Subject: Re: But why?
To: David S. Miller <email@example.com>
From: Perry E. Metzger <firstname.lastname@example.org>
Date: 10/23/1996 15:45:29
"David S. Miller" writes:
> So true. Especially as of late my stream of consciousness has been
> "geese, it has been almost two days since I was able to suck a couple
> hundred cycles out of a major critical code path, I'm slacking off
Is it just me, or does this sort of activity strike anyone else as
being a phenomenal waste of time?
Lets take my favorite O/S, for the moment: NetBSD. It has some serious
problems in it -- the VM subsystem isn't all it could be, we lack
support for some peripherals, it would be nice to clean up the install
system... indeed, plenty is wrong.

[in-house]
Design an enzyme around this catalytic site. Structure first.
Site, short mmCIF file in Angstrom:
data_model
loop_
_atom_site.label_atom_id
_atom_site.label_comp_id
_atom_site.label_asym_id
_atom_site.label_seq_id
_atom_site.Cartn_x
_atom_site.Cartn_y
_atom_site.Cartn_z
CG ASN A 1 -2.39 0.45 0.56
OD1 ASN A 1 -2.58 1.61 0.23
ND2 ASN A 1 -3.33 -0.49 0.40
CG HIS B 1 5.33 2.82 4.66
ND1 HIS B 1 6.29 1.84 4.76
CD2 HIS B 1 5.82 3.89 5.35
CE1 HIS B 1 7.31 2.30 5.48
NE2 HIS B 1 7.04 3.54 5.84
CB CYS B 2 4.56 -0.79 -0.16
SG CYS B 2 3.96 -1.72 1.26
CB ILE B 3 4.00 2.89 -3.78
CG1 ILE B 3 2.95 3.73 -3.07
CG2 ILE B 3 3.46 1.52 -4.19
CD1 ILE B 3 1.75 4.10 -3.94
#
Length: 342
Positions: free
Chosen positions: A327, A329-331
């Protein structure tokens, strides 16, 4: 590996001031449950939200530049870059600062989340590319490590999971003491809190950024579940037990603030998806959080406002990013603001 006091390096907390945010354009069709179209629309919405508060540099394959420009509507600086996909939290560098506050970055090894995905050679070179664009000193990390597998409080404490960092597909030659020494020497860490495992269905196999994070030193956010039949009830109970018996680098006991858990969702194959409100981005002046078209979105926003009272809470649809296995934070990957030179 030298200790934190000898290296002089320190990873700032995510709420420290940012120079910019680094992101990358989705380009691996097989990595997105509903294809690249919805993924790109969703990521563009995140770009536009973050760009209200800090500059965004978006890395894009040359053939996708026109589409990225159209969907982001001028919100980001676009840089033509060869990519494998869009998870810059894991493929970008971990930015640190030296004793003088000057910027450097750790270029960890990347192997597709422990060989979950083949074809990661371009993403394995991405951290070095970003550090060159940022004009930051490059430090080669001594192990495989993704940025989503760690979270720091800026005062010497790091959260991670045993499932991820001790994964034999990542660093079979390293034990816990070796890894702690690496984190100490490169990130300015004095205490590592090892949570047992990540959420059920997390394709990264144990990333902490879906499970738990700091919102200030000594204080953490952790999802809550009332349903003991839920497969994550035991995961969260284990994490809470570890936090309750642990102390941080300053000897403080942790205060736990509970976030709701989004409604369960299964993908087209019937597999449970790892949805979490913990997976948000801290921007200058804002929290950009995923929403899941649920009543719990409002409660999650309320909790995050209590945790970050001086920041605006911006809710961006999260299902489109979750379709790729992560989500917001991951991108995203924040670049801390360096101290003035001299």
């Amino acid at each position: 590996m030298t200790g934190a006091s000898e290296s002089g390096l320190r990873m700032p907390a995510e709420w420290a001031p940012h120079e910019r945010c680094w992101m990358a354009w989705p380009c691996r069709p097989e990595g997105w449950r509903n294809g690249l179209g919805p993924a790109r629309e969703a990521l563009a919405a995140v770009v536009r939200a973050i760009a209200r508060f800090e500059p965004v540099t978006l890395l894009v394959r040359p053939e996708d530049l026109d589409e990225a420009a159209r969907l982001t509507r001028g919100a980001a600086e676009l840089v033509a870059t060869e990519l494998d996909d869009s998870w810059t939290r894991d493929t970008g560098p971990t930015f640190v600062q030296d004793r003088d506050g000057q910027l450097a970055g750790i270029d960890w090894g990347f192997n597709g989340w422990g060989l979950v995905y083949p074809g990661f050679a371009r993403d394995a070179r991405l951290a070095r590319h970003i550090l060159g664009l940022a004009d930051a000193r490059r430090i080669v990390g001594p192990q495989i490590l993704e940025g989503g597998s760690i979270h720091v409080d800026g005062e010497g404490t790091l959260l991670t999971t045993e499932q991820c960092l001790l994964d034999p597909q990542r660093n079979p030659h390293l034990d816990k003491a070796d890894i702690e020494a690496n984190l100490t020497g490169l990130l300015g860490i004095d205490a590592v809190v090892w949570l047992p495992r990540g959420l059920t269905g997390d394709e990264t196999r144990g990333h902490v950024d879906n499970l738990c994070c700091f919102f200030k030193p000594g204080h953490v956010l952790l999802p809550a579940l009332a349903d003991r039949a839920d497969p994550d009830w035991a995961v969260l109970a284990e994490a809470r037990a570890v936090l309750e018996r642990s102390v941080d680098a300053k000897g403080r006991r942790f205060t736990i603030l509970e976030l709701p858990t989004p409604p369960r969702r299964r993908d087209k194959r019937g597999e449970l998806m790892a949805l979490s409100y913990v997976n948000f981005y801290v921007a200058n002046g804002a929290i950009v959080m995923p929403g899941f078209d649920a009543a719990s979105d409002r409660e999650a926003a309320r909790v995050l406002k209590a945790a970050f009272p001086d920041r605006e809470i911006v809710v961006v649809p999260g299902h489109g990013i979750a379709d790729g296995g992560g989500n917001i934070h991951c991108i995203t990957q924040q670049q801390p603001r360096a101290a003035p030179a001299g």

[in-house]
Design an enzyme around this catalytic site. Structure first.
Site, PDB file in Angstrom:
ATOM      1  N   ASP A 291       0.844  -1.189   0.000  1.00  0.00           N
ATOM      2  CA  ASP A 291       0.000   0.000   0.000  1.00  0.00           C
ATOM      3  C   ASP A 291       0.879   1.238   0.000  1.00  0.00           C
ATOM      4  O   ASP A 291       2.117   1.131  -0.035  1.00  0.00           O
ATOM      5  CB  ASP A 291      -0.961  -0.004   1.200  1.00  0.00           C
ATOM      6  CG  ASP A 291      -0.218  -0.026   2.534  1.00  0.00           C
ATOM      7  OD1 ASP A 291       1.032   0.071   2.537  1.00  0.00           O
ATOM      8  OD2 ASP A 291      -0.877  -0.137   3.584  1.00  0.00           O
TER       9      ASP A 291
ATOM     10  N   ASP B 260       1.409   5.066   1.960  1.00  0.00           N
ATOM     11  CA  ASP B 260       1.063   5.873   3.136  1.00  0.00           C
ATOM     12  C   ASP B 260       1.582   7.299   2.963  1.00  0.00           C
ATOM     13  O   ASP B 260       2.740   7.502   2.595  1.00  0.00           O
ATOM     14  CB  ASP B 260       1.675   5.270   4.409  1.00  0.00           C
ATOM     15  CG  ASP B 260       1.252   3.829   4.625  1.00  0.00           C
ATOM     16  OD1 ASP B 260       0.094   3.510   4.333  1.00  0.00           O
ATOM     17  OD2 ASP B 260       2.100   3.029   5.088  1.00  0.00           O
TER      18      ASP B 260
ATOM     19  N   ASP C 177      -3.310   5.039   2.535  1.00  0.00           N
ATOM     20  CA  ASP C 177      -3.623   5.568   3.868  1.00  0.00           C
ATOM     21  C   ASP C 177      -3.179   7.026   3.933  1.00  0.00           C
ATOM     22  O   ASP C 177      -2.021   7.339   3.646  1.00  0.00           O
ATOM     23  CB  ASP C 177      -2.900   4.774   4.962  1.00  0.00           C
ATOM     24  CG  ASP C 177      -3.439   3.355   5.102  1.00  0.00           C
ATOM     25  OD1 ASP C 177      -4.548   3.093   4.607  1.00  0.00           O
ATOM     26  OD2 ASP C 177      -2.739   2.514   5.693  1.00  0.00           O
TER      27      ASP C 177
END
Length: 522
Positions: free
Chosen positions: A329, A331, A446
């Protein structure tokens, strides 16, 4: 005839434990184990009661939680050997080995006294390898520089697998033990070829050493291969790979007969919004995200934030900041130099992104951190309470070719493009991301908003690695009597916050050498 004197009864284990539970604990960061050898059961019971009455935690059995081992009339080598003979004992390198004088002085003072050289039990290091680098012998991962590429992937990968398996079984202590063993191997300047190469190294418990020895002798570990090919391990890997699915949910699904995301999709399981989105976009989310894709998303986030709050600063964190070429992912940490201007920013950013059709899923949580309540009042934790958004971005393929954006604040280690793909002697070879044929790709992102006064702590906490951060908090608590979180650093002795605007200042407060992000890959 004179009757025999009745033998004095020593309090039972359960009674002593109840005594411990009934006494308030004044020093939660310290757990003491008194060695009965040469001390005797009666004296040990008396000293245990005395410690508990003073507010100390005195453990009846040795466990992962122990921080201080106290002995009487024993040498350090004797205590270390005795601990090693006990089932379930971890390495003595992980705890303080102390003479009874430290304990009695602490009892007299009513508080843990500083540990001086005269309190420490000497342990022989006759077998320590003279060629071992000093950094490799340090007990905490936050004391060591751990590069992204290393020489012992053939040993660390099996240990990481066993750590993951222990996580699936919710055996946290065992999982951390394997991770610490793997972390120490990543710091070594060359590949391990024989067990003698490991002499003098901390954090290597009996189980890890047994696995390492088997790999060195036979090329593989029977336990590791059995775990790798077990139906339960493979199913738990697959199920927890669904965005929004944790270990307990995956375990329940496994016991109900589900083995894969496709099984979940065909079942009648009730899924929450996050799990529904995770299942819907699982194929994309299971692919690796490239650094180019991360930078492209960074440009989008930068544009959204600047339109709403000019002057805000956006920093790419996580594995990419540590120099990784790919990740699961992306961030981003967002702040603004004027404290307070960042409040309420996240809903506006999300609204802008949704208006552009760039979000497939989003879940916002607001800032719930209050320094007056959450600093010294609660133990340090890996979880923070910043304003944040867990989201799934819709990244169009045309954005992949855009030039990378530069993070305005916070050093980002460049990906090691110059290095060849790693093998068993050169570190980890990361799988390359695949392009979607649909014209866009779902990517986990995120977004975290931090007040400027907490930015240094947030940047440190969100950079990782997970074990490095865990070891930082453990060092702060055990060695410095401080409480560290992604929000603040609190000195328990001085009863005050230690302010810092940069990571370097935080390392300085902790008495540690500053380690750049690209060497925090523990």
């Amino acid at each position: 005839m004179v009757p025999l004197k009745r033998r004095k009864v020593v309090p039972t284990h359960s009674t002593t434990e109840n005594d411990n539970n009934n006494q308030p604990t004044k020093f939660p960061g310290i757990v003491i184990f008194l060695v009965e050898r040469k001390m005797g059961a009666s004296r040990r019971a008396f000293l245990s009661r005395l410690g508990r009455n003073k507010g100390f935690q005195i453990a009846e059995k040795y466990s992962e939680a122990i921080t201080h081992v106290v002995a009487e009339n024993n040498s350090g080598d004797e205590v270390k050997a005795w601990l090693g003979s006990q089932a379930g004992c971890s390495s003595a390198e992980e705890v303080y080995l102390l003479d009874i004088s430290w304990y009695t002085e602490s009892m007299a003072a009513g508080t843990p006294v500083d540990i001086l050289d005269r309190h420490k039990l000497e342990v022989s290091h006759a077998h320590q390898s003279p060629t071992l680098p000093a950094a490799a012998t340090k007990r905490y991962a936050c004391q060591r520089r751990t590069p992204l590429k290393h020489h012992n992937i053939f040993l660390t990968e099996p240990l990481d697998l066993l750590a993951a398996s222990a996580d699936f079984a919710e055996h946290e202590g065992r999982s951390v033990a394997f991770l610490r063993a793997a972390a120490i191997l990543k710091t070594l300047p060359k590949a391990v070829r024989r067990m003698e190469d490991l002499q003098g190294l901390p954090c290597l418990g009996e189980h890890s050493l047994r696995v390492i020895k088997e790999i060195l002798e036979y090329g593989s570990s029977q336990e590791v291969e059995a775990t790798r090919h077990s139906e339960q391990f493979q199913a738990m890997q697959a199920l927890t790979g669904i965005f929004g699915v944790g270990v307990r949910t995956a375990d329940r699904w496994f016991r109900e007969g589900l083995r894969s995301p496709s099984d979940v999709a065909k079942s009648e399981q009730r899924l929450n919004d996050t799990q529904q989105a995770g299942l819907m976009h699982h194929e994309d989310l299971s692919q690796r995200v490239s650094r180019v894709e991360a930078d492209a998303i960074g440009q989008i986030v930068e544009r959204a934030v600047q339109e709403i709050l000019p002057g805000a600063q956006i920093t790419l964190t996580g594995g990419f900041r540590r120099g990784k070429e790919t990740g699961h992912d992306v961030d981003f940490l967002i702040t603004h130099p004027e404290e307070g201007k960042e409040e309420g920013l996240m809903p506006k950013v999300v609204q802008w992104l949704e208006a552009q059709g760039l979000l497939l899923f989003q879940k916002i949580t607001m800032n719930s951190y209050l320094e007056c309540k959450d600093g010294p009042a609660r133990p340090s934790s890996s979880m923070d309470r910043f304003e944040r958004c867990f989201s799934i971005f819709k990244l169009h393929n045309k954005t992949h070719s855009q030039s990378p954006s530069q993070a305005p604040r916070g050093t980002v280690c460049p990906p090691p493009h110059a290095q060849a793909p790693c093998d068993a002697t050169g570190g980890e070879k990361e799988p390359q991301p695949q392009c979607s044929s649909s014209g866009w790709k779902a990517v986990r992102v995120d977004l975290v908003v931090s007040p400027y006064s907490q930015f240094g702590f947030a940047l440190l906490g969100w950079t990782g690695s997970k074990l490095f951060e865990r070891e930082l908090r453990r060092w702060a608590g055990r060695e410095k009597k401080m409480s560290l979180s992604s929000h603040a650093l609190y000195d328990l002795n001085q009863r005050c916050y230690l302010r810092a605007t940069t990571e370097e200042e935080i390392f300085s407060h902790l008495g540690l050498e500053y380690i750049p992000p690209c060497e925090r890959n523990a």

There are lots of far better places to spend one's time, in other
words, than on microoptimizations. The microoptimization work I do
support is on improving the compiler, since that helps everything at
To summarize, I've never once awakened in the night to think, "My god!
system calls take too many microseconds! Why, a tight gettimeofday()
loop runs way too slow!" Occassionally, I wake up and think "it would
be neat to make system installation easier".
The few places where there are noticable performance issues in NetBSD
have all been data structures and algorithms issues. Replacing linked
lists with hash tables and such wins far more there than random
tweaking helps you with. An IP stack that never copied data might help
performance as we move to gigabit networks, but shaving system call
setup down isn't going to.
Microoptimization is sometimes a fun game -- look at what Phil Karn
has done with his machine code implementation of DES, for
example. However, on my machine, the kernel's performance isn't in
general what ails me.